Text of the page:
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ShareSoc 21st Feb '13 251 of 431

Posted by ShareSoc at 12:04, February 21 2013.

RM results and the welcome departure of Martyn Ratcliffe

RM (LON:RM.) announced their preliminary results this morning. The financial results were much as forecast by analysts following the major restructuring undertaken by Martyn Ratcliffe who was appointed as Executive Chairman after the company got into some difficulties.

There is an extensive report on the affairs of this company and the last Annual General Meeting on the ShareSoc Members Network. In conclusion it said “an example of not only poor corporate governance and bad remuneration policies, but also of how not to run a General Meeting”.

Mr Ratcliffe may have brought a breath of fresh air to this company, and undertaken the necessary management restructuring, but his general attitude to smaller shareholders who bothered to attend the AGM left a lot to be desired.

At least the results announcement included a comment that David Brooks is being appointed Chief Executive Officer and that Mr Ratcliffe will be stepping down as a director in the summer. So they are now looking for a new Non-Executive Chairman. For his rather short tenure, Mr Ratcliffe will be handsomely paid assuming that the share price exceeds 100p prior to 30th November 2015 (currently 78p at the time of writing) when he will be able to cash in his share options.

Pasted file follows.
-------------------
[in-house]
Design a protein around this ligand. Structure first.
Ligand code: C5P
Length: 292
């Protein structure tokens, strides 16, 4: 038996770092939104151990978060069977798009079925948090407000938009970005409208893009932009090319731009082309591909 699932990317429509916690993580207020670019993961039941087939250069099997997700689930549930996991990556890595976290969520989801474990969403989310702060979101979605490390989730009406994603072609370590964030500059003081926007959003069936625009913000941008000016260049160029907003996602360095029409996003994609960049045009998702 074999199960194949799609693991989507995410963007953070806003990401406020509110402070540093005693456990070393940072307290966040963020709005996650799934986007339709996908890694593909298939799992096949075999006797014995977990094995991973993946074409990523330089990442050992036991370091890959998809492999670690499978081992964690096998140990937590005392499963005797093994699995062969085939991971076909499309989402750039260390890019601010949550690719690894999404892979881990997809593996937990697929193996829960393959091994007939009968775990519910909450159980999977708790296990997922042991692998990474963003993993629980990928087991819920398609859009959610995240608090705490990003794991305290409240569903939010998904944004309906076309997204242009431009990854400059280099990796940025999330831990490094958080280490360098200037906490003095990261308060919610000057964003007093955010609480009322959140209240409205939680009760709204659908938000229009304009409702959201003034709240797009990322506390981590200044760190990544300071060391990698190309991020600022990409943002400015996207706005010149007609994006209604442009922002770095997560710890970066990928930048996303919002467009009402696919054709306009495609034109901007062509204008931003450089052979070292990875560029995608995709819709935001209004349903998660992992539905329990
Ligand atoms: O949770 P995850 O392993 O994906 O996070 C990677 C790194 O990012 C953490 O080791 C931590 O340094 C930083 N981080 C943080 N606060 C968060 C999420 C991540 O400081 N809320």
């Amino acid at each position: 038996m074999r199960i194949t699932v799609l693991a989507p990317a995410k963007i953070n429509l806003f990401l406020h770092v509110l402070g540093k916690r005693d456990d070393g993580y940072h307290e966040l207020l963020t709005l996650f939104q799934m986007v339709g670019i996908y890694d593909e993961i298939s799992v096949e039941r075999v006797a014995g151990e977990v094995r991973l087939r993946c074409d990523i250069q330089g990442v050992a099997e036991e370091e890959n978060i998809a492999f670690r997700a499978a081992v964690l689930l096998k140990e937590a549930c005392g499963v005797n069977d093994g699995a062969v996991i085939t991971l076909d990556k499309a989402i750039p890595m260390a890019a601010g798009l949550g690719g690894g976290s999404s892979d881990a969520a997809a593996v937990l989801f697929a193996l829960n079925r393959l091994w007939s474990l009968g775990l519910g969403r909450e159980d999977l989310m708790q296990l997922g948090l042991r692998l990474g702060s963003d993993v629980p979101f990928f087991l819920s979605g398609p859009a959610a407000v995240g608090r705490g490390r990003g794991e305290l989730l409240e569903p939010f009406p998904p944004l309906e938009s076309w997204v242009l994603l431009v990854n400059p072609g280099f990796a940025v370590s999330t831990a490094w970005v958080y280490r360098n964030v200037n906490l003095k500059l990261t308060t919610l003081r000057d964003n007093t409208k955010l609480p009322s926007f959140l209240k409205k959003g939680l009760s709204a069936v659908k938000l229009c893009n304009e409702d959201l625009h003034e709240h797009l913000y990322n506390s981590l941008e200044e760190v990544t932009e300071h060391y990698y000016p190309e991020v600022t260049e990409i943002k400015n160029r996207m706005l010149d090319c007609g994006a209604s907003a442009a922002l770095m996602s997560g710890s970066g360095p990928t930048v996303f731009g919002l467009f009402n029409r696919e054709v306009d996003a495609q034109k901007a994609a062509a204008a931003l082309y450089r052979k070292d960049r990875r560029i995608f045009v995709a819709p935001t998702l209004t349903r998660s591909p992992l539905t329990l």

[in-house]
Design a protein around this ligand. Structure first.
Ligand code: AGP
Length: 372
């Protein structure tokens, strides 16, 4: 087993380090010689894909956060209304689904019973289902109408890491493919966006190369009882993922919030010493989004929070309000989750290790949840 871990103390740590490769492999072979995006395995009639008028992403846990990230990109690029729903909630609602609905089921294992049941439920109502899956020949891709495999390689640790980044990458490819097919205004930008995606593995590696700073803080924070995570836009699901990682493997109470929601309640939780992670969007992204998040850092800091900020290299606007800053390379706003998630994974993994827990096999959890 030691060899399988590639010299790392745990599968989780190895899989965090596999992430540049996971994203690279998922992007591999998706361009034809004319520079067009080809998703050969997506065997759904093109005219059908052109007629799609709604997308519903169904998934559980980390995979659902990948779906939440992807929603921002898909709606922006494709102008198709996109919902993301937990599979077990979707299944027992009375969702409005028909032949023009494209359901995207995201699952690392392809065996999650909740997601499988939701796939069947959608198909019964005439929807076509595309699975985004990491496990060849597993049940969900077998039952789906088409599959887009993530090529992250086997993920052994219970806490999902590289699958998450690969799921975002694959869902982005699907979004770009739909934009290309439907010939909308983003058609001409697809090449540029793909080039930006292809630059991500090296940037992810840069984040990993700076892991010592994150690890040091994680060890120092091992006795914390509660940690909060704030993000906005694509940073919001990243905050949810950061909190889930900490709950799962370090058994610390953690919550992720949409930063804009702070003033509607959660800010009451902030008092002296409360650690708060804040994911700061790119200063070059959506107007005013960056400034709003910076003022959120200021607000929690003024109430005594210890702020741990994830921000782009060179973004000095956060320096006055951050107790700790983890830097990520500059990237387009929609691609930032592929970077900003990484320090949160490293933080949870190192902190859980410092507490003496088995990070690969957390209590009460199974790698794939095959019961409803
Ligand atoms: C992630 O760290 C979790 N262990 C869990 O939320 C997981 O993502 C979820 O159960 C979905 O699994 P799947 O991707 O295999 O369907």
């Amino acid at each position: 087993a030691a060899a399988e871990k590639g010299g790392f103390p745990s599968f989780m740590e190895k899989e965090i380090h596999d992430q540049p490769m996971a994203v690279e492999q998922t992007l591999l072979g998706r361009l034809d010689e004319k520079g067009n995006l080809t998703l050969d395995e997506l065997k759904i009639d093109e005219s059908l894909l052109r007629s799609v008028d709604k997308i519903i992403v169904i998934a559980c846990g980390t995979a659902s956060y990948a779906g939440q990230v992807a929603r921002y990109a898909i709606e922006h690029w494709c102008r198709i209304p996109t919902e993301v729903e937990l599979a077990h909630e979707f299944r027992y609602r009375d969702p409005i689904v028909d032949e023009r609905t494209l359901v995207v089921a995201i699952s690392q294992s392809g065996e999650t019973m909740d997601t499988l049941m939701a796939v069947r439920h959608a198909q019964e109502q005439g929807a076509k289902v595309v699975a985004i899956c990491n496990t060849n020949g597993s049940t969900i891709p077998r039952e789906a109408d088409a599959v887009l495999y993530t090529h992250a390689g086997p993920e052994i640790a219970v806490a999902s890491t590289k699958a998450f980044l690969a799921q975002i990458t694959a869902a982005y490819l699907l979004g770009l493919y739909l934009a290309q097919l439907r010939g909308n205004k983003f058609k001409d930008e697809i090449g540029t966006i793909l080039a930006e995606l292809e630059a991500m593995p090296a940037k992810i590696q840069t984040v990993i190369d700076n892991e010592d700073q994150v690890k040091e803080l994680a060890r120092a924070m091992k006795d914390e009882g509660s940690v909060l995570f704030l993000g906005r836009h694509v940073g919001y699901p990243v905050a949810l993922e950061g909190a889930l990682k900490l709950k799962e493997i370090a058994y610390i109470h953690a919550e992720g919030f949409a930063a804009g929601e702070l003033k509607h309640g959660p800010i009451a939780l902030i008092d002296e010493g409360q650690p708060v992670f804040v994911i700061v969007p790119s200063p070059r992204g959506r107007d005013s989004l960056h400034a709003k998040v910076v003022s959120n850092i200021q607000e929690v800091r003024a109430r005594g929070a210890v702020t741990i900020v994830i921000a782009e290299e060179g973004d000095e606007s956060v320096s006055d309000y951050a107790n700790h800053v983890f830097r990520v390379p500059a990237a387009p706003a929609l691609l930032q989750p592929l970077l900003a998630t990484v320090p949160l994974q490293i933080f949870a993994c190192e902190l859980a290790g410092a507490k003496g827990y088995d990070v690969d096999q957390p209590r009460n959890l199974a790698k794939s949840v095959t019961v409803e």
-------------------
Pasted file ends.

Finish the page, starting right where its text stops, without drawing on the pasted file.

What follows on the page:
Shareholders might ask what lies in the future for this company. The steps taken to refocus the business and dispose of non-core businesses surely make sense but the company warns that it anticipates difficult market conditions will continue for the foreseeable future. With the focus on the UK education market, which is mainly dependent on Government funding, it’s clearly not going to be easy for some time as the Government looks to reign back public spending. So both the company and analysts’ forecasts predict some continuing decline in revenues. Most of this is from the hardware/infrastructure side which is low margin anyway (actually declined to 3.3% margin last year), which the company should surely have moved away from sooner.